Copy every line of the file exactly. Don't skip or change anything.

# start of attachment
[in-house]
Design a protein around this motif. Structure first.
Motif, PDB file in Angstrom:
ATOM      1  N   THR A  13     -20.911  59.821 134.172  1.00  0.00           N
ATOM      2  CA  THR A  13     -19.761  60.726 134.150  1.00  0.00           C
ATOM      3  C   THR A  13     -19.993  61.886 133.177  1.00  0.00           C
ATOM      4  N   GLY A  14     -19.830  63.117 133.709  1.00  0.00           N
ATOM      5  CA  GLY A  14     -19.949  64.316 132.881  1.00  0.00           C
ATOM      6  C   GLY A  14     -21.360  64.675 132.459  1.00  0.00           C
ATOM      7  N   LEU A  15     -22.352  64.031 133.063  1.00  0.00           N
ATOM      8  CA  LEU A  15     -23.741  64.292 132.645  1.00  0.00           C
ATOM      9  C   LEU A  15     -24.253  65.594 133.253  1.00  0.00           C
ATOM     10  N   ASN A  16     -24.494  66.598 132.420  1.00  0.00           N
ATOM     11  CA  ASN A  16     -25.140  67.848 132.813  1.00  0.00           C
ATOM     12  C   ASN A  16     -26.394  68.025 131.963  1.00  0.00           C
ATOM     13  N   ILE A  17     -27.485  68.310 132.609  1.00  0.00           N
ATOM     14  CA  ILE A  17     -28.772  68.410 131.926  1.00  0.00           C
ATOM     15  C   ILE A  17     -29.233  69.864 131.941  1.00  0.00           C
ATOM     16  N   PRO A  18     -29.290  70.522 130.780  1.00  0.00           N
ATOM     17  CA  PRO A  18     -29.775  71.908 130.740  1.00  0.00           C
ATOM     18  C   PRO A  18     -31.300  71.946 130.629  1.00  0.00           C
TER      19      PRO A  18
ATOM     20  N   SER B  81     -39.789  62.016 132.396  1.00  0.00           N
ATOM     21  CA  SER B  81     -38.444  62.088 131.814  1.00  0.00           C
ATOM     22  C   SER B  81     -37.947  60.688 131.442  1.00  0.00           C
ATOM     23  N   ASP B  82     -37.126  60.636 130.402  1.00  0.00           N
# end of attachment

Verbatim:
[in-house]
Design a protein around this motif. Structure first.
Motif, PDB file in Angstrom:
ATOM      1  N   THR A  13     -20.911  59.821 134.172  1.00  0.00           N
ATOM      2  CA  THR A  13     -19.761  60.726 134.150  1.00  0.00           C
ATOM      3  C   THR A  13     -19.993  61.886 133.177  1.00  0.00           C
ATOM      4  N   GLY A  14     -19.830  63.117 133.709  1.00  0.00           N
ATOM      5  CA  GLY A  14     -19.949  64.316 132.881  1.00  0.00           C
ATOM      6  C   GLY A  14     -21.360  64.675 132.459  1.00  0.00           C
ATOM      7  N   LEU A  15     -22.352  64.031 133.063  1.00  0.00           N
ATOM      8  CA  LEU A  15     -23.741  64.292 132.645  1.00  0.00           C
ATOM      9  C   LEU A  15     -24.253  65.594 133.253  1.00  0.00           C
ATOM     10  N   ASN A  16     -24.494  66.598 132.420  1.00  0.00           N
ATOM     11  CA  ASN A  16     -25.140  67.848 132.813  1.00  0.00           C
ATOM     12  C   ASN A  16     -26.394  68.025 131.963  1.00  0.00           C
ATOM     13  N   ILE A  17     -27.485  68.310 132.609  1.00  0.00           N
ATOM     14  CA  ILE A  17     -28.772  68.410 131.926  1.00  0.00           C
ATOM     15  C   ILE A  17     -29.233  69.864 131.941  1.00  0.00           C
ATOM     16  N   PRO A  18     -29.290  70.522 130.780  1.00  0.00           N
ATOM     17  CA  PRO A  18     -29.775  71.908 130.740  1.00  0.00           C
ATOM     18  C   PRO A  18     -31.300  71.946 130.629  1.00  0.00           C
TER      19      PRO A  18
ATOM     20  N   SER B  81     -39.789  62.016 132.396  1.00  0.00           N
ATOM     21  CA  SER B  81     -38.444  62.088 131.814  1.00  0.00           C
ATOM     22  C   SER B  81     -37.947  60.688 131.442  1.00  0.00           C
ATOM     23  N   ASP B  82     -37.126  60.636 130.402  1.00  0.00           N